You'd think going up Montgomery would be the more difficult task, but coming back seemed harder and took longer. The footing was terrible along the route I took, and left me in considerably more dangerous locations than on the way there (not to mention the part where Hima, who was on the ridge above, sent a large-sized rock down in my direction). Kay ended up far ahead, and Hima ended up way behind. We all met up near Boundary Peak, where Janice was looking unhappy due to a combination of altitude and headache. Once we spied Hima, we hiked the little way up Boundary and started the long route back to camp (and thicker air).
A few minutes later, I realized I had left my hat at Boundary peak. Happily, Hima's voice came over the radio asking if someone had lost a hat. Oddly enough, Hima herself also managed to lose her beloved "Mt. Whitney" hat on this hike. The high altitude must make us forgetful.
Again the going was slow, and I didn't catch Padraig until the top of the 100% scree downhill section (the bottom section of the mountain in the first Boundary picture above). We totally lost the trail on the way down, and sort of took our own routes while stumbling down the mountain.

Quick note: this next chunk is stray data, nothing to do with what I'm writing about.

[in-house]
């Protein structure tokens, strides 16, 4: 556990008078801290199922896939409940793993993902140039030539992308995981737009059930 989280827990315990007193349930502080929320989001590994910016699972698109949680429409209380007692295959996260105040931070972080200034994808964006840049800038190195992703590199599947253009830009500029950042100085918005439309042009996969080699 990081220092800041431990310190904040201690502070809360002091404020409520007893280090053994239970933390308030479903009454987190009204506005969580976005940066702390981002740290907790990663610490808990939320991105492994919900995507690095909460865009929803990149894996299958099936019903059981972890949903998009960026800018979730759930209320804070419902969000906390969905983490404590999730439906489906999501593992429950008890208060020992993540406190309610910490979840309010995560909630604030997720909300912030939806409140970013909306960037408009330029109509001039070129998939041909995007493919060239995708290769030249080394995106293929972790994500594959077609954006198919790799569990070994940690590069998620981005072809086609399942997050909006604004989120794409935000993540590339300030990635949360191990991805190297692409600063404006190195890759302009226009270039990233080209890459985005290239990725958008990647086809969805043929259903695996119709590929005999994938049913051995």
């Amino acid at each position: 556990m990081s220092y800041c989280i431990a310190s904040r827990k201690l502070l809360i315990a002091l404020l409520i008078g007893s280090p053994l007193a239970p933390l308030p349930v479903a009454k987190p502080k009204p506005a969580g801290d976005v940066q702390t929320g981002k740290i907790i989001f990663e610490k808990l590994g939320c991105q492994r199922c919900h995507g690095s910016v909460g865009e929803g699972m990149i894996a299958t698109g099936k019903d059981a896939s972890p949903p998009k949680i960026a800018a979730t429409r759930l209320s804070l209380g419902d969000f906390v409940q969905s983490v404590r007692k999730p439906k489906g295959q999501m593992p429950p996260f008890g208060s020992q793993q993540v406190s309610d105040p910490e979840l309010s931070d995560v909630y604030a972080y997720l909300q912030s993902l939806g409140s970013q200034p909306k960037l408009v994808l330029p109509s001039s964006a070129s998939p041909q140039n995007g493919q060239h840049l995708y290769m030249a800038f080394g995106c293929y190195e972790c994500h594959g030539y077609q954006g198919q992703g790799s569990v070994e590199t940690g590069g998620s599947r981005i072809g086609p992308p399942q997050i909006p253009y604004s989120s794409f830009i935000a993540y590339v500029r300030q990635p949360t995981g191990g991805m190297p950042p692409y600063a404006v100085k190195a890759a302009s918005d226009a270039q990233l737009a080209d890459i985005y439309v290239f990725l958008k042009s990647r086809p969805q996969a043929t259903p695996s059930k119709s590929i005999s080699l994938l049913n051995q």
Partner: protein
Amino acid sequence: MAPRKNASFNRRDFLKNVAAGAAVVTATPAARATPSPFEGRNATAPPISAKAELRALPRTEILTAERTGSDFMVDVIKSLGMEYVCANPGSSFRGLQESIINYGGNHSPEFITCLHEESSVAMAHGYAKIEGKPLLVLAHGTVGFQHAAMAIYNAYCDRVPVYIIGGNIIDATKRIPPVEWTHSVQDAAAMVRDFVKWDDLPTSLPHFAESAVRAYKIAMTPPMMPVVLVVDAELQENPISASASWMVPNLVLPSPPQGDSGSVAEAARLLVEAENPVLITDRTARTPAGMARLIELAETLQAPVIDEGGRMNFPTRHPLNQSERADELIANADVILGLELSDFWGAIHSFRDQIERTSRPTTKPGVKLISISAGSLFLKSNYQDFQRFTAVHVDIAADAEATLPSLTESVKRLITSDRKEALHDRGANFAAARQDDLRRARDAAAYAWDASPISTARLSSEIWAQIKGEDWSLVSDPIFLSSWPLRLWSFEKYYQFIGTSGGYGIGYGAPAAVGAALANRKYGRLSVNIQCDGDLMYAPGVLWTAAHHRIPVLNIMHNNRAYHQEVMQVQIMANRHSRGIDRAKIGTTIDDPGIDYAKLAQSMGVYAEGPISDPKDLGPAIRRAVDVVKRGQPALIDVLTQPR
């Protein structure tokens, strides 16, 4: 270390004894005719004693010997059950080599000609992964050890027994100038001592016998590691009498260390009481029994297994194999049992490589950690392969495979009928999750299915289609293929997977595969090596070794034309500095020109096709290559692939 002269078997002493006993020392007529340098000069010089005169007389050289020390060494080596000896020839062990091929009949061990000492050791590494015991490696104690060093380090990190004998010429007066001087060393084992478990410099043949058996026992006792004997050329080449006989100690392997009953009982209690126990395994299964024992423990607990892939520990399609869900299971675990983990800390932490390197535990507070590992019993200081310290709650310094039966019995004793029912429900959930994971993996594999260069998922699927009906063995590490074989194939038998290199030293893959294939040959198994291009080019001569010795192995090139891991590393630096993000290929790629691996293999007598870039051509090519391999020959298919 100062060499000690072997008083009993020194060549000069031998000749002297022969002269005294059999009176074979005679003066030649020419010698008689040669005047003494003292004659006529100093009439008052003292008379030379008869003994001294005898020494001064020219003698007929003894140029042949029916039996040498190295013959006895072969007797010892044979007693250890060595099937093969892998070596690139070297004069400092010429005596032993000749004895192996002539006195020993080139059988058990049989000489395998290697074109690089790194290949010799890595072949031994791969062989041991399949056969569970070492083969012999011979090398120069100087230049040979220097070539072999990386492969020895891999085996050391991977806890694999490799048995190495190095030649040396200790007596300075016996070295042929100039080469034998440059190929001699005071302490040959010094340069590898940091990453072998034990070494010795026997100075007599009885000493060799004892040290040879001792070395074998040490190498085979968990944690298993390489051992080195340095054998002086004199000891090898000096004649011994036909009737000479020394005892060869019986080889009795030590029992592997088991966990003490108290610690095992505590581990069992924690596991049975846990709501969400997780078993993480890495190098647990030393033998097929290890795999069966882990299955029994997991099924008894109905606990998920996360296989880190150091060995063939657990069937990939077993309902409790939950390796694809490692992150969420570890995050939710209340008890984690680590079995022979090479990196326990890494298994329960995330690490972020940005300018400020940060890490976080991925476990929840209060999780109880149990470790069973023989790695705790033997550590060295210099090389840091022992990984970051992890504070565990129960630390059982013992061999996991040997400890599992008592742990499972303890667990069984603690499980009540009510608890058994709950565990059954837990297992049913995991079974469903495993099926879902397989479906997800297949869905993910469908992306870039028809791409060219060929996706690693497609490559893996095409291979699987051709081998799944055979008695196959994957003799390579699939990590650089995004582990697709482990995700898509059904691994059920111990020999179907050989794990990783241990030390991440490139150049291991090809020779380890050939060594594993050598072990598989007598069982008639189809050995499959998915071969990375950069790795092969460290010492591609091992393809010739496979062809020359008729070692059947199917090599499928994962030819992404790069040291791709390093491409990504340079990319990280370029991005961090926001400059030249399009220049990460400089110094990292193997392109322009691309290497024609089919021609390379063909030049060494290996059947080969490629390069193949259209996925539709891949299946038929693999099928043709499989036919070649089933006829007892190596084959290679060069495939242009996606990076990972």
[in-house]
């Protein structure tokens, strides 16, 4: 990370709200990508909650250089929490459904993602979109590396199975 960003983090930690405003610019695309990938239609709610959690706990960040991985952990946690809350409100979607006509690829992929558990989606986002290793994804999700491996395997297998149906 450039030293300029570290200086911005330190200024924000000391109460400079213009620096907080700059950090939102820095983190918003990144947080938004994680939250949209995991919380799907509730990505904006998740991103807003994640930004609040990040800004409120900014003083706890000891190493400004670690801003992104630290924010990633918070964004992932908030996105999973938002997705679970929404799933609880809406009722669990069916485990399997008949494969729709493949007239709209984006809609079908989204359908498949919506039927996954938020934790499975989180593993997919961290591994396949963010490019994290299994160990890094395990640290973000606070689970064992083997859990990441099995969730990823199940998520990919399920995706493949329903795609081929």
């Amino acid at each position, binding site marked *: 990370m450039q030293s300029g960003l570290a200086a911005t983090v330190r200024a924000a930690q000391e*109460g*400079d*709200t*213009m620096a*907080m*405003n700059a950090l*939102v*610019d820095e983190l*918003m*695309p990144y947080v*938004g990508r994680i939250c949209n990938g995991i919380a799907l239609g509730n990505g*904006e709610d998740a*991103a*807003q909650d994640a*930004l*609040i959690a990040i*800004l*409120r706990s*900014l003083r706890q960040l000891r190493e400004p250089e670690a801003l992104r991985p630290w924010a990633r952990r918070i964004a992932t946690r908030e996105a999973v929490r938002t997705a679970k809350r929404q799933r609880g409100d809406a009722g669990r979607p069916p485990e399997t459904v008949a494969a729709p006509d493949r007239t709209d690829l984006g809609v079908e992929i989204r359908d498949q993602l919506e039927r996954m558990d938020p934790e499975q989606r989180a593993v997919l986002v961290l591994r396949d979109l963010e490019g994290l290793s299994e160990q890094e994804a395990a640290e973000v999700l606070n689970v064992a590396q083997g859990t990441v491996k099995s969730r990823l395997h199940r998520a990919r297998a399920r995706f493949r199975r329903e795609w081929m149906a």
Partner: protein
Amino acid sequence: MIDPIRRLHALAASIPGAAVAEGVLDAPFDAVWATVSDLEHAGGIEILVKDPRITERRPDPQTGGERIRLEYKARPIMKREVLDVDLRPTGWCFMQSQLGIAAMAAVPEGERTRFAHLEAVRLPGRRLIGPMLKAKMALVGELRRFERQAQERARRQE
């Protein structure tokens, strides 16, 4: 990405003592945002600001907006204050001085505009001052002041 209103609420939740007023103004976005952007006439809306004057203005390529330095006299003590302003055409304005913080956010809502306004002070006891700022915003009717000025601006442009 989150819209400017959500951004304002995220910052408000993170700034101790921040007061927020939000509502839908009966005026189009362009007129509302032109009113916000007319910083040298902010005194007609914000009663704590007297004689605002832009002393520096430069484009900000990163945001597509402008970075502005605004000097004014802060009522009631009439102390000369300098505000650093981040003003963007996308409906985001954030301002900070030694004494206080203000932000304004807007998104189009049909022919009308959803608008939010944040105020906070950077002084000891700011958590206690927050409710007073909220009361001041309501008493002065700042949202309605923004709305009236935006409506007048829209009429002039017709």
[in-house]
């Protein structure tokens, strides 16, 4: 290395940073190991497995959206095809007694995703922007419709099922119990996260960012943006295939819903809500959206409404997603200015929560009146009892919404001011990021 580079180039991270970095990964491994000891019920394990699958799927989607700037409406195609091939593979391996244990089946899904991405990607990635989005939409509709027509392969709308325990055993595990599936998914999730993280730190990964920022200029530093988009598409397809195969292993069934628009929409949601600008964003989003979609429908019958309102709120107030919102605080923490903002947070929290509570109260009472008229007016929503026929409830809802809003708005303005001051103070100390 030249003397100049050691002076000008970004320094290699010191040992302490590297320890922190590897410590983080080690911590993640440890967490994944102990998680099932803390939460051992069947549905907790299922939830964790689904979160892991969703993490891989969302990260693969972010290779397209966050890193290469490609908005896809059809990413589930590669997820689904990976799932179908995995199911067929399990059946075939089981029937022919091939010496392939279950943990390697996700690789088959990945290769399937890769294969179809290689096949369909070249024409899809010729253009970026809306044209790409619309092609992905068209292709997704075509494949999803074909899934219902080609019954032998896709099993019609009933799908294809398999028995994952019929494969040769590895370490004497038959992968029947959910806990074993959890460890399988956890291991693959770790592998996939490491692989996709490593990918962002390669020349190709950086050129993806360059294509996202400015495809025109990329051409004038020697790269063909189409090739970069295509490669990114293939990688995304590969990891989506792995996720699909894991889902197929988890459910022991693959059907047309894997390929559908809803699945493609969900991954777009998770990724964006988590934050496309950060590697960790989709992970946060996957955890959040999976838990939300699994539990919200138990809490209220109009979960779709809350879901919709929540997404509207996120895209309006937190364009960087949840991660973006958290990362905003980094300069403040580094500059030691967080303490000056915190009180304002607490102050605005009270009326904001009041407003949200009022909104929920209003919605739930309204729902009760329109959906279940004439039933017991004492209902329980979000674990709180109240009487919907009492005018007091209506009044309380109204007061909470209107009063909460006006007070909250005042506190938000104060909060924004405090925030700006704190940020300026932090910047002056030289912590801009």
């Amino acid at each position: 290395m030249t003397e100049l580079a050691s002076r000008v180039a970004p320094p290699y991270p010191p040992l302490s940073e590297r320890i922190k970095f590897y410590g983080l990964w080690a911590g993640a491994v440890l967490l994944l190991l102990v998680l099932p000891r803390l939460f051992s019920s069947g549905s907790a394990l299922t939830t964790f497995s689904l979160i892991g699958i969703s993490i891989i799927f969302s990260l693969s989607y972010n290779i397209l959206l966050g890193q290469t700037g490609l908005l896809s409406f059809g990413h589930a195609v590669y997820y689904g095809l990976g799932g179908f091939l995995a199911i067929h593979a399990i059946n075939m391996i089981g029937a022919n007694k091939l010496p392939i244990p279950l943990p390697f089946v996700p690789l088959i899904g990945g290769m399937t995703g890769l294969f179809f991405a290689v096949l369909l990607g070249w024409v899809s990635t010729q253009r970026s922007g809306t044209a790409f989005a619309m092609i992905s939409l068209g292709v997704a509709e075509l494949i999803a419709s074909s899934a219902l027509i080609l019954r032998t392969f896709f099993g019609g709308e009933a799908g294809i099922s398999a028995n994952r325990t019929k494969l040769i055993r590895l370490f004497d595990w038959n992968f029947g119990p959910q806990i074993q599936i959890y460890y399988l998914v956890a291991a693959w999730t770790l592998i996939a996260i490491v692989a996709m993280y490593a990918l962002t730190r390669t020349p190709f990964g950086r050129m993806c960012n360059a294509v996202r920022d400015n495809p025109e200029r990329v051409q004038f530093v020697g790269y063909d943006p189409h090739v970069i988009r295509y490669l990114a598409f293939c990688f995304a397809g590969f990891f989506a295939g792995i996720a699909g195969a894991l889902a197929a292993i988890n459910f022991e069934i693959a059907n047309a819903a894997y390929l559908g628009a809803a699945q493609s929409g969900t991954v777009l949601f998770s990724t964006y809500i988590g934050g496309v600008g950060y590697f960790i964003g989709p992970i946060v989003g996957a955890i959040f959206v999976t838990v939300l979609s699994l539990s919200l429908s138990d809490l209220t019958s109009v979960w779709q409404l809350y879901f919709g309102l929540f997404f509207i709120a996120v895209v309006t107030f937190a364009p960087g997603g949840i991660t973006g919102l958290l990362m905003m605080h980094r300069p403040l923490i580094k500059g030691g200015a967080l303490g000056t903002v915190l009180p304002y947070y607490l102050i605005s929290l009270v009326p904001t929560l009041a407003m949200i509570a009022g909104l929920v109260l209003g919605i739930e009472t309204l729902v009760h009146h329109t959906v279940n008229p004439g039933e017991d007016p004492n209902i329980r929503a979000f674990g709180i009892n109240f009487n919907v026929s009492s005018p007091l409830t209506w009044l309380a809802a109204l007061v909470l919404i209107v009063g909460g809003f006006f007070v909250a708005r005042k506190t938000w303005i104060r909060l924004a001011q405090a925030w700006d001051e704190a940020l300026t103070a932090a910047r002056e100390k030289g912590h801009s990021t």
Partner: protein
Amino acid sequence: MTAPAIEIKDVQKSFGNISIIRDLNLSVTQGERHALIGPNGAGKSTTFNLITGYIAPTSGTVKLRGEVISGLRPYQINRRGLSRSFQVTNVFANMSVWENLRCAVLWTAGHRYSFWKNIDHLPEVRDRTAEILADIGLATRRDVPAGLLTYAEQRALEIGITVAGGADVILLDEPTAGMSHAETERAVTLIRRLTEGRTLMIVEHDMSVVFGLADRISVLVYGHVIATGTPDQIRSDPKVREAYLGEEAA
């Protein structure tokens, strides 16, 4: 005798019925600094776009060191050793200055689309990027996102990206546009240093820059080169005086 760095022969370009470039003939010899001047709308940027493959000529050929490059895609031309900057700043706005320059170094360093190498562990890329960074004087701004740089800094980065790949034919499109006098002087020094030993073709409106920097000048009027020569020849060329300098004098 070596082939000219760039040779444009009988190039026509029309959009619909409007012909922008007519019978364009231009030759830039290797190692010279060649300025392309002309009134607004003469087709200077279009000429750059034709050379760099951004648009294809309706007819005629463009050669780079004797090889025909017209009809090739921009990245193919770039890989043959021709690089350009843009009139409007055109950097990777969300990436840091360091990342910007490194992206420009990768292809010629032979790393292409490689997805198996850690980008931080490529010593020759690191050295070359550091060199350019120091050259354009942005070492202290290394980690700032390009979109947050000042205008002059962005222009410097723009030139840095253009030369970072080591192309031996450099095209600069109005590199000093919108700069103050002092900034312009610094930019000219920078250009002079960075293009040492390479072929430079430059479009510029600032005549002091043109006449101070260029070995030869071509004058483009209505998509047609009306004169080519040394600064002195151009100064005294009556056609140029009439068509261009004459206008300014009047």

At the base of Boundary we walked through a camp, which now contained the same four people I had chatted with at Boundary and Montgomery peaks. They were quite interested in INCH, and went on to pitch their own groups, the Sierra Peaks Section and Desert Peaks Section of the Sierra Club. Once everyone had made it down safely, we said our goodbyes and set off for the last four miles of comparatively flat hiking. I was in a rush to get down, as it was starting to get late in the day and people were starting to drag (plus there was beer in the cars). To make a long story slightly shorter, we did make it down in time, and enjoyed a nice sunset in the process. Kay and Hima (who broke camp before we started the hike) left as we put away our tents and loaded up. Next stop: a well-deserved shower in Mammoth Springs.
Epilogue: Padraig's expert navigation and map-reading skills got us to the hotel well before the Yahoo-map-wielding other group, which solved the potential who-showers-first discussions we might have had otherwise. We all cleaned up and were so lazy that we just ordered pizza to our room, which we downed with margaritas. . .in a German hotel. Ah, yes, an international celebration for an international group of intrepid hikers. High point in Nevada is
crossed off the list.
Highest point in Esmeralda, NV county
Janice's 40th leaf
Kay's 1st leaf
Pages maintained by Steve Walstra, Peter Saviz, and Russell Gee.
©2019 Intrepid Northern California Hikers